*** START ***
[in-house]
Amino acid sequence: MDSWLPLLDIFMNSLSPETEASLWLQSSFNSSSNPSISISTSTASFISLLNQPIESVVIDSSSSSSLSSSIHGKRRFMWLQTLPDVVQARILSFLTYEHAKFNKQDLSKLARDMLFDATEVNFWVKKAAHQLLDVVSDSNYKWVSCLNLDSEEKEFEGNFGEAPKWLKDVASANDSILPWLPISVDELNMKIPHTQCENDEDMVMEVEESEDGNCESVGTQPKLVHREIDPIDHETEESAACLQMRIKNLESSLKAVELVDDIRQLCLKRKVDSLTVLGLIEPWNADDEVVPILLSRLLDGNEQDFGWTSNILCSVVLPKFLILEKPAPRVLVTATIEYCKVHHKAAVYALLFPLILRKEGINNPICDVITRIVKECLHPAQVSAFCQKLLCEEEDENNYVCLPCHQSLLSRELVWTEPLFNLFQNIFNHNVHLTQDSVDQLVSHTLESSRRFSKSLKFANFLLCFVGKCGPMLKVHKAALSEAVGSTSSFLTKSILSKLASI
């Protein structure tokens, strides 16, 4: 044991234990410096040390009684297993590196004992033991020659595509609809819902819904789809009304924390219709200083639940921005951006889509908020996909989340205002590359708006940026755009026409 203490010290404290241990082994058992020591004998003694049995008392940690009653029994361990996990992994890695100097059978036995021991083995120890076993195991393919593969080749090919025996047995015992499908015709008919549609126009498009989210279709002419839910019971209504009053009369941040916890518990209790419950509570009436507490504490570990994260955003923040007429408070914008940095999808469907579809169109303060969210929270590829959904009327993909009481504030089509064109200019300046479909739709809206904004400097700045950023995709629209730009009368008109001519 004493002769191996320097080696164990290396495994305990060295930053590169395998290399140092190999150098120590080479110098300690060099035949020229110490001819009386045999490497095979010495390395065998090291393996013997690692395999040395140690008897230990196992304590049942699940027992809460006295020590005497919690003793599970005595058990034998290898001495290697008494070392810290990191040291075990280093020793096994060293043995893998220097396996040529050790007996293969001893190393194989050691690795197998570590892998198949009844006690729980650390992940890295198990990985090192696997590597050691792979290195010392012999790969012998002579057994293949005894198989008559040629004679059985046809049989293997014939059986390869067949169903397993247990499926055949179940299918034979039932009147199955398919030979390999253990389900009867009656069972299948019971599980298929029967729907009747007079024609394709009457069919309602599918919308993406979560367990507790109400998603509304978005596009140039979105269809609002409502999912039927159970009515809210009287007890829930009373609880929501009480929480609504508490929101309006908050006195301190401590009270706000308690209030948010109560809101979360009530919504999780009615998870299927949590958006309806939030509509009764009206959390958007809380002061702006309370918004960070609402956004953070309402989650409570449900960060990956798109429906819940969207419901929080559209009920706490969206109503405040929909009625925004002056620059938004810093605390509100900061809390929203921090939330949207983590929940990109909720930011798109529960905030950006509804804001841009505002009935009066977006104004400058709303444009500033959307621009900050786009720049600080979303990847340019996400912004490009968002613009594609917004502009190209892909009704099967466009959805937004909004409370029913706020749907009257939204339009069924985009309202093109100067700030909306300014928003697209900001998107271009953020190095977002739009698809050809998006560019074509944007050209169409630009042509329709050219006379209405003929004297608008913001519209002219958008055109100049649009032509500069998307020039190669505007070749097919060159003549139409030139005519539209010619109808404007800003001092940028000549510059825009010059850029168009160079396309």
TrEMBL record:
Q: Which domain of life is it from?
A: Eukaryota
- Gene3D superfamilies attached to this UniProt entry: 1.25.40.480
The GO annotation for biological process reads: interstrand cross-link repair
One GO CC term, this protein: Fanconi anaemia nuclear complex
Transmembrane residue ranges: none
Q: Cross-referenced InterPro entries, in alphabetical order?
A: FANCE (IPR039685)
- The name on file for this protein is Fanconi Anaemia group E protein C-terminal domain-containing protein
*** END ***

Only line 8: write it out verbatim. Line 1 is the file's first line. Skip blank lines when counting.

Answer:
The GO annotation for biological process reads: interstrand cross-link repair